This is the second part of Alton Johnson’s story about his childhood in the Amsterdam Houses in the 1950s and 60s. The Amsterdam Houses are a New York City Housing Authority (NYCHA) development bordered by Amsterdam and West End Avenues, 61st and 64th Streets. In the first part, Al wrote of an idyllic time, but hinted of changes to come. You can read Part 1 here. Things turn dark in Part 2.
By Alton Johnson
I remember the day heroin came to the Amsterdam Houses. It was 1964 and I was 15 years old. Prior to heroin coming to the projects, life was very good. Days were filled with school, family dinners, playing with my friends. Life was simple and overall fun.
There were pre announcements that something big was coming. Wondering what it was got everyone’s curiosity. I did not know the guys who brought it in. The one I saw was supposedly a relative of a friend of my older brother and someone I knew, but he was five or six years older than me. He lived in the Phipps Houses.
For the first couple of weeks it was given away for free. Then there was a $2-per-bag cost. It hit hard. When I say it hit hard it was actually very hard. The drug was plentiful and the cost was cheap. I started sniffing heroin in late 1964 and started shooting it in mid 1965 all while still in high school. My older brother began using in 1964 before me.
Prior to this onslaught there were about 10 older guys using heroin and the projects were still very safe. The users went outside of the projects to get their money via crime. The projects were so safe that in my building we could sleep at night with the door cracked for ventilation because there were no air conditioners. With the increased number of [heroin] users the environment began to change and the neighborhood slowly but surely became completely unsafe over the next two years.
The projects had one security guard, Larry, who everyone knew and loved. Larry would break up fights and tell your parents if he thought you were up to no good. NYPD rarely came to the projects, usually only if called. This led to open selling and using. The increased number of users led to petty crime that permeated the neighborhood. This led to fear and people getting arrested and going to jail and prison. The Amsterdam Houses would never be the same. With Lincoln Center directly across the street, the NYPD increased their presence in the area and this led to more arrests and incarcerations.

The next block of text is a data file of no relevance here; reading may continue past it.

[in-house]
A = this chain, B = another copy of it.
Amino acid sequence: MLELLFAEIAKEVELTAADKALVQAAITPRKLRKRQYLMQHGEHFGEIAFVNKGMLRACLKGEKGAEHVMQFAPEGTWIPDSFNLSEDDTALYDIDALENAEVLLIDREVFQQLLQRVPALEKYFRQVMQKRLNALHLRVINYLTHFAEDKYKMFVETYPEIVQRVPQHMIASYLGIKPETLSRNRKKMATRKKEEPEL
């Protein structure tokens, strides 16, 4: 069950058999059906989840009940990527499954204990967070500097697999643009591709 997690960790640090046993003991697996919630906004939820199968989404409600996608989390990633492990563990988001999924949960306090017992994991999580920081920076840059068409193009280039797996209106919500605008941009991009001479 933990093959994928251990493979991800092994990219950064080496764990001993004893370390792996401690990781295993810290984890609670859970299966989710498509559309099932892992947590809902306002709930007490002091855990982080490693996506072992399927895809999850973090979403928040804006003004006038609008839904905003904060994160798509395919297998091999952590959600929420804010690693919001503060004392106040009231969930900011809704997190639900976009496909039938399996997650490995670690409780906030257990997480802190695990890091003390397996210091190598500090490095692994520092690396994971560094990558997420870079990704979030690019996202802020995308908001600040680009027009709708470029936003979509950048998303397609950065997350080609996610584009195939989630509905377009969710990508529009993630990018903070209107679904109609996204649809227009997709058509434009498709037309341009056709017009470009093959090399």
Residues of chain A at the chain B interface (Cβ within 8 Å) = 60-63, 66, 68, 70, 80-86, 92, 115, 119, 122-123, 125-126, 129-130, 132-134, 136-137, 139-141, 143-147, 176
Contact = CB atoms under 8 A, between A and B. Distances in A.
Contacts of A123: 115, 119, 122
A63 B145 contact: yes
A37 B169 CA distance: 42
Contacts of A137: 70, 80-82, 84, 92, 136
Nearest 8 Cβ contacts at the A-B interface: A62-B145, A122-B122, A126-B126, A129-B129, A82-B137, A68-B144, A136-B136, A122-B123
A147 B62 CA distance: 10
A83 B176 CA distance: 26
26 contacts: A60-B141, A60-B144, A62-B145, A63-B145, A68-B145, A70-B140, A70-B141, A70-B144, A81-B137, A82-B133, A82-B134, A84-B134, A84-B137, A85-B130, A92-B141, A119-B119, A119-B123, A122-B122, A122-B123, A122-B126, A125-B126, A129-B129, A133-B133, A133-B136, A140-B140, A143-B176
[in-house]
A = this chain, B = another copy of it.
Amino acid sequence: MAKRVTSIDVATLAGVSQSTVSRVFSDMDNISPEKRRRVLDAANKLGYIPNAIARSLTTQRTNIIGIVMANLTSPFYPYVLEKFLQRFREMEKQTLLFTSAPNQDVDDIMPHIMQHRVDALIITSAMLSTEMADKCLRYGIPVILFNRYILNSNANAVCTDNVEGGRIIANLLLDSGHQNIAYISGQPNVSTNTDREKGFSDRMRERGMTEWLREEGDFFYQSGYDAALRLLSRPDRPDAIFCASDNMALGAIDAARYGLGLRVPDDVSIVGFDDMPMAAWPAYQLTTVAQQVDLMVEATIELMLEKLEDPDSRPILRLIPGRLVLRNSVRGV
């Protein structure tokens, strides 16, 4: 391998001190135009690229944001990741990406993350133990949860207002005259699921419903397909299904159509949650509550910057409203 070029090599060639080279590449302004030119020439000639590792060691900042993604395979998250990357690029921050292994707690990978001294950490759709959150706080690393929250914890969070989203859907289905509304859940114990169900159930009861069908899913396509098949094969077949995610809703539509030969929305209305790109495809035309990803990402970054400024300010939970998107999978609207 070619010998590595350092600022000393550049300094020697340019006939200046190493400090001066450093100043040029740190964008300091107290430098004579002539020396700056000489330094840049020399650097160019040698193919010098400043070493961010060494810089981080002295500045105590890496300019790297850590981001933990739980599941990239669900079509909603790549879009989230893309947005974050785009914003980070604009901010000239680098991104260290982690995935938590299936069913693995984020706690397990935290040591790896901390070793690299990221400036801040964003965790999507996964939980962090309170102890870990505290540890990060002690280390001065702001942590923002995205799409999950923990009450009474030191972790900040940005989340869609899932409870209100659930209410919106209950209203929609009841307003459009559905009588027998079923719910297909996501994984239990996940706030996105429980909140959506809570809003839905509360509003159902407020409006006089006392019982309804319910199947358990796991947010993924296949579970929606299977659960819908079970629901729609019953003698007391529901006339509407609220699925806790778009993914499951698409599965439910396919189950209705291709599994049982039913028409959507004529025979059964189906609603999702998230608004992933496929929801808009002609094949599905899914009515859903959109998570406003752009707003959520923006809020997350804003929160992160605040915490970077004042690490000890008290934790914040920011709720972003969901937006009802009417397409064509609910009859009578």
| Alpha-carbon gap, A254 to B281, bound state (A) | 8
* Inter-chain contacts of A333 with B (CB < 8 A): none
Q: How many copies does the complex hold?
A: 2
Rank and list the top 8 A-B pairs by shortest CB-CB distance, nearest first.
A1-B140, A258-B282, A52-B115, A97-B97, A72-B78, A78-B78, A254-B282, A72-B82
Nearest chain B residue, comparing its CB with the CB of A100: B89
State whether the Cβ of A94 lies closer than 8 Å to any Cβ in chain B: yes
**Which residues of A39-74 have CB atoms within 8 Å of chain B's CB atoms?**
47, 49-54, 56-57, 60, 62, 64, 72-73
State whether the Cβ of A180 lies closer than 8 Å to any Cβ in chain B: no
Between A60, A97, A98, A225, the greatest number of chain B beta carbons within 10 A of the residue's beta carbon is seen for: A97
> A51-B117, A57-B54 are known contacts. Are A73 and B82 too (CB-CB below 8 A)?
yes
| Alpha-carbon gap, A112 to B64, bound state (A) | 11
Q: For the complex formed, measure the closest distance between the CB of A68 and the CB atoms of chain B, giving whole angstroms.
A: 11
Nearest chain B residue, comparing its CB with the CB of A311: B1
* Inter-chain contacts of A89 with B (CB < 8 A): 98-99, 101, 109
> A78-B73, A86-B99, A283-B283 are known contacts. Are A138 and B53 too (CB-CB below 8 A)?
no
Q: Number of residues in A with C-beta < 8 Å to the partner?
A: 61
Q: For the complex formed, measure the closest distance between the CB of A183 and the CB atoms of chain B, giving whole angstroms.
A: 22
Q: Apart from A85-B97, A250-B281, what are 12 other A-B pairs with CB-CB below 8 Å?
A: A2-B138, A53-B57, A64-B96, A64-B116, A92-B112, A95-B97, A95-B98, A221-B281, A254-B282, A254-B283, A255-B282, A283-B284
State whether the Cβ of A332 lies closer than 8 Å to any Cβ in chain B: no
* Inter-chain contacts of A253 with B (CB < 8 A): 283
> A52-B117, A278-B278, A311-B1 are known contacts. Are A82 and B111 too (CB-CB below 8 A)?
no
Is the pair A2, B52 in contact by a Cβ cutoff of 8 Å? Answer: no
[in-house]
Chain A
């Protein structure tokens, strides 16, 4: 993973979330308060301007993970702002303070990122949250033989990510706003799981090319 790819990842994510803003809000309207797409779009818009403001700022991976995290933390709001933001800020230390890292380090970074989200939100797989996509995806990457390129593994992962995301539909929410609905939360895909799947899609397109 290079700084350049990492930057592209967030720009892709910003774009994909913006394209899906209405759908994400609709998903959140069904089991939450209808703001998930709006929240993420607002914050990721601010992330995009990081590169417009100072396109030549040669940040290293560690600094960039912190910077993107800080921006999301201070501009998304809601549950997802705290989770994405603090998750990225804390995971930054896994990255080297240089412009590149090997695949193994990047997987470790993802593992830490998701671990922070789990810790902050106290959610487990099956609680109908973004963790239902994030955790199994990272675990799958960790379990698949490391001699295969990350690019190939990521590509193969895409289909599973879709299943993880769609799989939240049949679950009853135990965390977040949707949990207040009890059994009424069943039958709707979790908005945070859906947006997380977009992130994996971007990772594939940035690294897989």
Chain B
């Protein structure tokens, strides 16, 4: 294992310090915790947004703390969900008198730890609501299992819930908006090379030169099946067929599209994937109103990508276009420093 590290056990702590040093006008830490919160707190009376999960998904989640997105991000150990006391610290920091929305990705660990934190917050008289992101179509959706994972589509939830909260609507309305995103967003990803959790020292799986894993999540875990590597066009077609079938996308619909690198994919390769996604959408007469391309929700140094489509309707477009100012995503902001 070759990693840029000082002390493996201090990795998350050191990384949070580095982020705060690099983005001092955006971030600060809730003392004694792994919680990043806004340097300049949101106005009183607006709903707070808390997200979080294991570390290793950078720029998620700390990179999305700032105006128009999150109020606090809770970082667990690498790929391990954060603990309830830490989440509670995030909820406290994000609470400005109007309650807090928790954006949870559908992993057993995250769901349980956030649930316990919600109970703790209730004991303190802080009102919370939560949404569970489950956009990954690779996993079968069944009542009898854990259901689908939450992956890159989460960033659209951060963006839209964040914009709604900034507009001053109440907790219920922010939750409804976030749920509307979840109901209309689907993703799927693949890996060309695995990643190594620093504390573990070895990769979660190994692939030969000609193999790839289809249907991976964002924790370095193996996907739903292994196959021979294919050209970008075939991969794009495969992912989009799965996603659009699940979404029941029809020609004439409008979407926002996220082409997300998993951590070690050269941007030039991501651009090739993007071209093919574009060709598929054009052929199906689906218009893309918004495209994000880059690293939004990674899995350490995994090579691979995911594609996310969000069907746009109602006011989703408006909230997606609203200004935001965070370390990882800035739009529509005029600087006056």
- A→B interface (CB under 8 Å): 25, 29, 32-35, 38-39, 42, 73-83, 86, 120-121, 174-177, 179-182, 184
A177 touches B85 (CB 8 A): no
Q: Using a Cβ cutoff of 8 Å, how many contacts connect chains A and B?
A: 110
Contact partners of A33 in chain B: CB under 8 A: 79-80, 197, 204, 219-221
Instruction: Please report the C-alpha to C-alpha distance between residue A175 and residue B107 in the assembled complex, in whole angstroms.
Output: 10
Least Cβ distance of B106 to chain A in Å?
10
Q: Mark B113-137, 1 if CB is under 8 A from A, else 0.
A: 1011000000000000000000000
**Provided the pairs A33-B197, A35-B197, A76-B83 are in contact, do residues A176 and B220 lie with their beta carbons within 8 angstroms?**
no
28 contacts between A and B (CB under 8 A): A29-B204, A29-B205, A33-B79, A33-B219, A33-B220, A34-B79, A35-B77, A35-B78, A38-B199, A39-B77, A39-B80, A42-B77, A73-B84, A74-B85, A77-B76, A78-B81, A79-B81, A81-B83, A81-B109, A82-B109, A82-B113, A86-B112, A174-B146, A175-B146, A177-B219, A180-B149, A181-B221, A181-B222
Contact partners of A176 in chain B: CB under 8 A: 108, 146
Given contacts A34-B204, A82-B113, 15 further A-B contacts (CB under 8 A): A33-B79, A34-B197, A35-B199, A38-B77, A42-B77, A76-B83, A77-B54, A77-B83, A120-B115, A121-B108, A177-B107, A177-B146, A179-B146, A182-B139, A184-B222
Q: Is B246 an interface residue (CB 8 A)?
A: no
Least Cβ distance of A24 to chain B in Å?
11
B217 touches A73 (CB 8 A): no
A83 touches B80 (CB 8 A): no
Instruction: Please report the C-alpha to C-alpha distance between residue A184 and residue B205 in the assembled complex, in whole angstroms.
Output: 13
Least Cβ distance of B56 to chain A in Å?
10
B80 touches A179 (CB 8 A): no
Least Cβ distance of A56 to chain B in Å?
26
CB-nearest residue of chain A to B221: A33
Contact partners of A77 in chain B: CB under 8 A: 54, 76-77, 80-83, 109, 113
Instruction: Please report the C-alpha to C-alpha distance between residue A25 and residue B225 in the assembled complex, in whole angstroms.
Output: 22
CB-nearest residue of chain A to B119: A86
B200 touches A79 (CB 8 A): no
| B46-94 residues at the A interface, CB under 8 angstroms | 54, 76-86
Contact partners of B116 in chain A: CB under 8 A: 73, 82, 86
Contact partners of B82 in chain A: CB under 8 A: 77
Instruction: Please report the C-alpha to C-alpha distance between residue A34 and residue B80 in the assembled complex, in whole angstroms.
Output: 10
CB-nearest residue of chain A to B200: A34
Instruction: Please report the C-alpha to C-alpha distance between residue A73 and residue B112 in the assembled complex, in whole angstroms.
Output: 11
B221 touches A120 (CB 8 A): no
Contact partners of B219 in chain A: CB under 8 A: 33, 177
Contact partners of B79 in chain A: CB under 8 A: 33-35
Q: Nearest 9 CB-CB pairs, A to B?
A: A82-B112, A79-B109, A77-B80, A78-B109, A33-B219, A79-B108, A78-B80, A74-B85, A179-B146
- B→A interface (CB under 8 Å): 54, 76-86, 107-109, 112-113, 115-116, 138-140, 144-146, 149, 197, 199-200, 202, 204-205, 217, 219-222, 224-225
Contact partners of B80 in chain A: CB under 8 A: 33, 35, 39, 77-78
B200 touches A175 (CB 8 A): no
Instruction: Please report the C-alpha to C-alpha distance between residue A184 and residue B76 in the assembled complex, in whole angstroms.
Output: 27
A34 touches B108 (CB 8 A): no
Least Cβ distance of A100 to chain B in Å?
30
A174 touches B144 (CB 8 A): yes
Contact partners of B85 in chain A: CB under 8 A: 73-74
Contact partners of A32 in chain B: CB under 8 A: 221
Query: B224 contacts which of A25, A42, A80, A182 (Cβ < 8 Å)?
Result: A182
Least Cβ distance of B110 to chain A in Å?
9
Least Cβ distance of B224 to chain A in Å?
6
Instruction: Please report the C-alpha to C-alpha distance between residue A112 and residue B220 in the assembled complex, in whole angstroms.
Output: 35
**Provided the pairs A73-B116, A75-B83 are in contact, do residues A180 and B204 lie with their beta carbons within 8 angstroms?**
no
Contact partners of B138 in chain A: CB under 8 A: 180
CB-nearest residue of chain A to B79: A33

Along with friends disappearing in jail or prison there were also deaths by overdose. It was not odd to see someone on a bench in the projects dead by overdose. It became a fact of life. At the time I thought I was invincible and these deaths although sad, were simply accepted.
In my family my older brother was the first to succumb. He was my role model and the person I looked up to in life. We shared a room and his descent into heroin shattered me and my parents. Things would never be the same. My parents had no idea how to combat heroin and eventually my older brother was lost. He survived until 1992 when HIV took him. My baby brother also ended up losing his life to drugs. He lived until 2000 when he also died from AIDS. Neither of them made it to 50 years old.
My personal battle with heroin ended in 1968. I stopped using by entering a drug treatment program. I went to college and got a B.A. in 1977 and thought I was on my way. But drugs and alcohol are insidious. I continued to drink and use other drugs and once again my life spiraled out of control. I stopped the drugs and alcohol after a year and a half of homelessness in NYC in 1989/90. I have been drug and alcohol free for 31-plus years and thankfully I was able to show my parents that I had seriously changed over the last two decades of their lives before they passed. I have also had the opportunity to work for two not-for-profit organizations that enabled me to help both homeless and addicted people. I was able to use my personal experiences to help others understand that addiction can be overcome. It has truly been gratifying.